December 4, 2012 1 comment

November has gone and it’s time to review this month’s cyber landscape.

From a Cyber Crime perspective, November 2012 will be probably remembered for the breach to Nationwide, one of the largest insurance and financial services providers in the US, a breach that has potentially left up to 1 million users exposed. Unfortunately, in terms of massive breaches, this is not the only remarkable event of the month, just at the end Acer India has suffered a massive cyber attack culminated in the leak of nearly 15,000 records. Not comparable with the breach that affected Nationwide, but for sure of big impact.

Also on the cyber-espionage front this month has been interesting: JAXA, the Japan Space agency has been targeted by yet another targeted attack (after January 2012) and Symantec has discovered W32.Narilam, a new destructive malware targeting several nations in Middle East.

The hacktivist front has been characterized by the dramatic events in Gaza, the attacks have reached a peak around the first half of the month (as in the first part, I did not take into consideration the attacks carried on in name of OpIsrael for which I wrote a dedicated timeline), in any case the Anonymous have found another way to mark this month, leaking 1 Gb of documents from the Syrian Ministry of Foreign Affairs.

Last but not least, this month has seen three large-scale DNS Poisoning attacks (against the Pakistani Registrar PKNIC, Inc., GoDaddy, and the Romanian Registrar). A very rare occurrence!

If you want to have an idea of how fragile our data are inside the cyberspace, have a look at the timelines of the main Cyber Attacks in 2011 and 2012 and the related statistics (regularly updated), and follow @paulsparrows on Twitter for the latest updates.

Also, feel free to submit remarkable incidents that in your opinion deserve to be included in the timelines (and charts).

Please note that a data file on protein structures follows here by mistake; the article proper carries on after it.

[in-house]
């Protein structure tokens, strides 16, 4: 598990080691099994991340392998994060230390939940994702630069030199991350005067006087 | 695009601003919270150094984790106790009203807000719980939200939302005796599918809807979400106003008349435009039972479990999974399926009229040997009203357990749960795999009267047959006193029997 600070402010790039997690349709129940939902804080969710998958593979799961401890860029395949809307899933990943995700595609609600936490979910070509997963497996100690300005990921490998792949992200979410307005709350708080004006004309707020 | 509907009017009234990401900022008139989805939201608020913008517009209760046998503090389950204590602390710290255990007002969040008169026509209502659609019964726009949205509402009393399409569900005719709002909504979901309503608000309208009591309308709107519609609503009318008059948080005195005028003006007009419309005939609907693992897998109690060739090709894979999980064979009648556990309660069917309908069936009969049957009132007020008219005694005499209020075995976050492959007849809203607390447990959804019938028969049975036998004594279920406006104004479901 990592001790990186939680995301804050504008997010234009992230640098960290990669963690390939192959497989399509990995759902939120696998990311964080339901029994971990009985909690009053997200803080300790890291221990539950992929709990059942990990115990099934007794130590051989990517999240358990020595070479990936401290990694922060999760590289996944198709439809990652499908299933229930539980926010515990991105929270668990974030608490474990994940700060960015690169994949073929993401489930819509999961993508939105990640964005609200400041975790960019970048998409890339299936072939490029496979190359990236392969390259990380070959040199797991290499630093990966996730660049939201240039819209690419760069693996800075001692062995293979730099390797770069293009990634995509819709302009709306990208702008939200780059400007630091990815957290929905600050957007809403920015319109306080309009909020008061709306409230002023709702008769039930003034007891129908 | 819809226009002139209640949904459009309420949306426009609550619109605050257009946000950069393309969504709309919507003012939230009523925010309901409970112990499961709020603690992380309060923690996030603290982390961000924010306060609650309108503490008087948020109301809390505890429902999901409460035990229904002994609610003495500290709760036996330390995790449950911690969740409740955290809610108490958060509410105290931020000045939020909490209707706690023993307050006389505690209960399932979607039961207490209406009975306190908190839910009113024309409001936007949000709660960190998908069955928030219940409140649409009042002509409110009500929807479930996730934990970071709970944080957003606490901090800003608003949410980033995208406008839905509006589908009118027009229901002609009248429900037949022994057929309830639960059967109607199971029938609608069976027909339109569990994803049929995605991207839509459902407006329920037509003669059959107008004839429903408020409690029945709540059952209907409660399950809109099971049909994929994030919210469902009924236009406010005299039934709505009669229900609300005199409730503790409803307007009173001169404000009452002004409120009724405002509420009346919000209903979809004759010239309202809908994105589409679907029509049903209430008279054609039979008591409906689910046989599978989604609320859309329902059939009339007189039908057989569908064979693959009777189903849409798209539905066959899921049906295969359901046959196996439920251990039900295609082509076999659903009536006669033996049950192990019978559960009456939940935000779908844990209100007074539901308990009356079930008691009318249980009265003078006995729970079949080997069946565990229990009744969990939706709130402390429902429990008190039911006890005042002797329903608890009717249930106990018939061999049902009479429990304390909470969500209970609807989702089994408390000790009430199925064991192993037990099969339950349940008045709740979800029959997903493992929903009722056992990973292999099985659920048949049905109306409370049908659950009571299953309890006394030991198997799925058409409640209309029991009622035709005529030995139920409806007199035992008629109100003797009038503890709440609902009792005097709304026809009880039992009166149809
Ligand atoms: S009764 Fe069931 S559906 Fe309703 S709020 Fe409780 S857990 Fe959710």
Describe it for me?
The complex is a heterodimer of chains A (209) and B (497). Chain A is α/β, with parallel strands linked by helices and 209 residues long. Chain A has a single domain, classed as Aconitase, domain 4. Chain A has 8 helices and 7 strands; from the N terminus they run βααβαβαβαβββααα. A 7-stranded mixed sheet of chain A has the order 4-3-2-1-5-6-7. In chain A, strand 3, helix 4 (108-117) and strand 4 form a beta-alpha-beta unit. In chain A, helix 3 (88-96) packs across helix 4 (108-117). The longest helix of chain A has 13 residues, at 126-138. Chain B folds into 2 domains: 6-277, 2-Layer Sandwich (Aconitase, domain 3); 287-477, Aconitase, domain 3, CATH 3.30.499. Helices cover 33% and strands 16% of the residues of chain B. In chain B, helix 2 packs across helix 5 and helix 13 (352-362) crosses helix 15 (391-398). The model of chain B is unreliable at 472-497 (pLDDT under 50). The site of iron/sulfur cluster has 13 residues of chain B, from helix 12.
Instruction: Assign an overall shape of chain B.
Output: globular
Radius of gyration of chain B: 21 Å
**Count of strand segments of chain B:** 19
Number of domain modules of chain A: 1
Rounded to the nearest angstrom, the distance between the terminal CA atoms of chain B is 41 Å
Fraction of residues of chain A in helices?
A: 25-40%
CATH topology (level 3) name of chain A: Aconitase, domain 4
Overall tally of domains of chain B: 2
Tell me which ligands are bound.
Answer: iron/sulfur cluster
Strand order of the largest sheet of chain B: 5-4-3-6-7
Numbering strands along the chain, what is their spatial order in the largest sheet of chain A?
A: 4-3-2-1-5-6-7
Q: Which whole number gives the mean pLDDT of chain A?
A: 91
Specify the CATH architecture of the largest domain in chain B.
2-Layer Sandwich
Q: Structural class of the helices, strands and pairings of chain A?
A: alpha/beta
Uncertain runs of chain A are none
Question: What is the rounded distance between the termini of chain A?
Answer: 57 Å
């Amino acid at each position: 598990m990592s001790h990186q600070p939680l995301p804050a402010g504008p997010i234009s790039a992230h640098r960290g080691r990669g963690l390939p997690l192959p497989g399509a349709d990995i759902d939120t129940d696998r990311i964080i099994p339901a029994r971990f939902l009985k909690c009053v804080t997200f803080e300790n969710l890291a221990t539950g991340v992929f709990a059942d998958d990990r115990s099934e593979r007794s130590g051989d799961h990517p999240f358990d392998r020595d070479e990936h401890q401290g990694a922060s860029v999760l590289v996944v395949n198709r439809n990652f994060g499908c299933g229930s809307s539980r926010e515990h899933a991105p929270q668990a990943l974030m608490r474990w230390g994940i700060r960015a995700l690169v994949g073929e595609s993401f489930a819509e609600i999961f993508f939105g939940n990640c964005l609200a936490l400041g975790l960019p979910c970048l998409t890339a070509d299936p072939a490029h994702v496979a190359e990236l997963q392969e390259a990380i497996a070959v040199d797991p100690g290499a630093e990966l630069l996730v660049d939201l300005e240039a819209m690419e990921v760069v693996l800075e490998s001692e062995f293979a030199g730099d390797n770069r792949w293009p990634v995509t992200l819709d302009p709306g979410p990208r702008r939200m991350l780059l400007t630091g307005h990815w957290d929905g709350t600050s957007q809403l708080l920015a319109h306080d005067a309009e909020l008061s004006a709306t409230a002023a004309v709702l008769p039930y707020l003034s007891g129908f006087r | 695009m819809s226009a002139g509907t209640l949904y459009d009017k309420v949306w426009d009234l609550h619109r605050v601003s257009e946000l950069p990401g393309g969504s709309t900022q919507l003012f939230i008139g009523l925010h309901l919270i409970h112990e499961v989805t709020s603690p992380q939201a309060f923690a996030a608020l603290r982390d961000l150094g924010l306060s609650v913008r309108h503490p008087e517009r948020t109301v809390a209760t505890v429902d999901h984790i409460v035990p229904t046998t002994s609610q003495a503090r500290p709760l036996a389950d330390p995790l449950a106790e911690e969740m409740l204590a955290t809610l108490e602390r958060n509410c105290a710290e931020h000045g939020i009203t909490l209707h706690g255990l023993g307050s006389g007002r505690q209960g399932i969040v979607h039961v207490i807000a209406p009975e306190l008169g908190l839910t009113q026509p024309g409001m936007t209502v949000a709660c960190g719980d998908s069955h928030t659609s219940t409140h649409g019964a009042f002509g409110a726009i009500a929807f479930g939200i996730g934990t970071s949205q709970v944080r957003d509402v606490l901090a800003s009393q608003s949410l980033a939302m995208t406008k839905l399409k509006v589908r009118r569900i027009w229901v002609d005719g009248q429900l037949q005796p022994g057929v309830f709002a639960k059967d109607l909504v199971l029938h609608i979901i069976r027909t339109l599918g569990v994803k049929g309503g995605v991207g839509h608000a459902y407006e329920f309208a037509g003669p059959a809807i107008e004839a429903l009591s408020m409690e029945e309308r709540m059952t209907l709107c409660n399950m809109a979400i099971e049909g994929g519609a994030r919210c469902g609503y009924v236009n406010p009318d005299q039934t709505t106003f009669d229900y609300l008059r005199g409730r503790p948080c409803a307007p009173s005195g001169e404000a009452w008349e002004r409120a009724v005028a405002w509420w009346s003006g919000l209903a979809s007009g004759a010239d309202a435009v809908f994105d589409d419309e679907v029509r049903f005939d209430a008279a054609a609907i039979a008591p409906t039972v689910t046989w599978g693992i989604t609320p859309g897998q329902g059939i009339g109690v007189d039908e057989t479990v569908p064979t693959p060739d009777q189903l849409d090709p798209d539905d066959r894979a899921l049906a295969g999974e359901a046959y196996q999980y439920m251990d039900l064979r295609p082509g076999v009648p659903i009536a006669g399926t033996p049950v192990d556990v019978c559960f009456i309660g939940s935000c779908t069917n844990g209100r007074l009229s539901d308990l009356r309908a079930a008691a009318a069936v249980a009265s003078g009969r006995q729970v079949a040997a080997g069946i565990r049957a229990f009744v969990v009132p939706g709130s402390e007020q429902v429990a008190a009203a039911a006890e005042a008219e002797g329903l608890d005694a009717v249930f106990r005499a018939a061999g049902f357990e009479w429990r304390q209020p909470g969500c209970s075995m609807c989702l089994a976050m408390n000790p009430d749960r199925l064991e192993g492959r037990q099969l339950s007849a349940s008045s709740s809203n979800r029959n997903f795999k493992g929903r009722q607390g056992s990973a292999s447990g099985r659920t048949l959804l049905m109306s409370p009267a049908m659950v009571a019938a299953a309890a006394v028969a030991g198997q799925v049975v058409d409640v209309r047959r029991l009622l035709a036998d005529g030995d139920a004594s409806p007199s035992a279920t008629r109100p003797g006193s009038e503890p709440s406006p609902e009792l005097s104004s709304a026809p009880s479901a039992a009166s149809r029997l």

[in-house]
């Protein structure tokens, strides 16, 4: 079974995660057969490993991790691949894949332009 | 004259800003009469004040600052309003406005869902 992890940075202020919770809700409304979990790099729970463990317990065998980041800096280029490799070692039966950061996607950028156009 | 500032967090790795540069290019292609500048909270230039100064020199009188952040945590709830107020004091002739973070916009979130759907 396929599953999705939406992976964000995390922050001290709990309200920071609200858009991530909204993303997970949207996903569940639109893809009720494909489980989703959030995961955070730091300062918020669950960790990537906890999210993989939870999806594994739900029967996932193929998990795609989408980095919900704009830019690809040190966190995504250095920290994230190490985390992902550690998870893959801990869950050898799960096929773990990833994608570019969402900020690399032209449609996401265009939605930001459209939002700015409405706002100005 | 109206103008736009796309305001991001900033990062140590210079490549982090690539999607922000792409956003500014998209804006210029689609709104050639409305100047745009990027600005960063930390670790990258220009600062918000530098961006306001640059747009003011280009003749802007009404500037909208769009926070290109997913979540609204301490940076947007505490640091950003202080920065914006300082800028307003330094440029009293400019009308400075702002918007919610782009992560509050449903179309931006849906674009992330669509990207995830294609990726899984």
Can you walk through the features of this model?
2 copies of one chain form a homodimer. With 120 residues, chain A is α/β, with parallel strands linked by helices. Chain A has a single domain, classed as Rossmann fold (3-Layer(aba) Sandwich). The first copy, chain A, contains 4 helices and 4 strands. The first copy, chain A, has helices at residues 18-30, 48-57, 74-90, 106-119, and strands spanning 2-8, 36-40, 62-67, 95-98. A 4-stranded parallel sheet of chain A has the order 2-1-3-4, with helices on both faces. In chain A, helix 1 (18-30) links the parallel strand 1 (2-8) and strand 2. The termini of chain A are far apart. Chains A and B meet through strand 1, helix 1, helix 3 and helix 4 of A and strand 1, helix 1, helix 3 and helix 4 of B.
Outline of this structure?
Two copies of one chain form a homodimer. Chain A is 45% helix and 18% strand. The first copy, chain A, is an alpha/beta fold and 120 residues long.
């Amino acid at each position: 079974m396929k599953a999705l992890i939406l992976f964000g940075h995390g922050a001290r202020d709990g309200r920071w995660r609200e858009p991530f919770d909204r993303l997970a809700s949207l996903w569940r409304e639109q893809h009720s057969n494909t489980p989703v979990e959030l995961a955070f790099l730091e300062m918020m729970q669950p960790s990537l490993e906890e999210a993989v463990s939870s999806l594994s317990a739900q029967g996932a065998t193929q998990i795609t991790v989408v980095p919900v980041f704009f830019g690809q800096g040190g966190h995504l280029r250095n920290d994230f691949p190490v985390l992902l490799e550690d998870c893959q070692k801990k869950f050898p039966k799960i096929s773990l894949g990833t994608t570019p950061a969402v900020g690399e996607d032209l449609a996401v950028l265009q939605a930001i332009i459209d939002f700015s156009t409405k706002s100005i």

16-30 November 2012 Cyber Attacks Timeline

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Timeline of Opisrael

November 25, 2012 5 comments

After the ceasefire of the 21st of November, the cyber attacks against Israel, executed in name of OpIsrael, have come to a break.

The contemporaneous ceasefire in the real world and in the cyber space has confirmed the two dimensional nature of this conflict. A conflict in which even the social media played a crucial role: IDF chose Twitter to make the first official announcement of the airstrike that killed Ahmed Al-Jaabari, and subsequently during the stages of operation Pillar of Defence Twitter has been intensively used by the two opposite factions for actions of propaganda, psyops, and even to divulge official news of the war operations.

Since the Ion Cannons are not shooting, this is the best moment to analyze the cyber attacks. At this purpose, in the following table I tried to summarize the timeline of the main events that have characterized this operation (and in general all the cyber attacks executed against Israel since the 14th of November).

Of course I do not pretend to be exhaustive: more than 44 million of cyber attacks in a week are impossible to enumerate singularly.

Read more…

Two Dimensional War and “Cyber-Propaganda”

November 20, 2012 Leave a comment

It is really interesting to notice the growing role of “Cyber-Propaganda” inside the Cyber War (yes, now we are authorized to use this term after this statement) that the Anonymous collective has declared against Israel.

On one side the cyber-attacks are escalating. After the list of 700 websites defaced or totally deleted (including the databases of The Bank Of Jerusalem and the Ministry Of Foreign Affairs), in the last hours the hacktivists have dumped a list of donors for the Unity Coalition for Israel (“the largest network of pro-Israel groups in the world”), hacked and defaced the Israeli Bing, MSN, Skype, Live websites, and leaked information of 5000 Israeli Officials.

On the other side, Israeli officials are downplaying the impact of the attacks claiming that “Anonymous’ Massive Cyber Campaign has been a flop”. According to the Israeli Finance Minister, Yuval Steinitz, on the wake of the dramatic events of Gaza, Israel has been hit by 60 million of hacking attempts (“normally” Israel faces hundreds of attacks every day). The minister also claimed that all of the attacks have been mitigated, except one that has been able to knock a website offline for only 10 minutes.

Looks like the two contenders are representing two completely different scenarios.

Meanwhile OpIsrael is going on and has just entered Phase II called PillarsOfAnonymous (a clear reference to “Pillar of Defence“) with a list of 117 Israeli governmental sites knocked offline.

The way in which the two contenders are representing the same events confirms that the battlefront is completely two-dimensional even considering the actions of propaganda which now also include the reports of the cyber-operations. Maybe in this case the Israeli situation in the cyber-plane is pretty much different (and pretty much complicated) since it has not a single state (or a finite number of states) to counter-attack, but a huge widespread network of “volunteers” which is practically impossible to strike.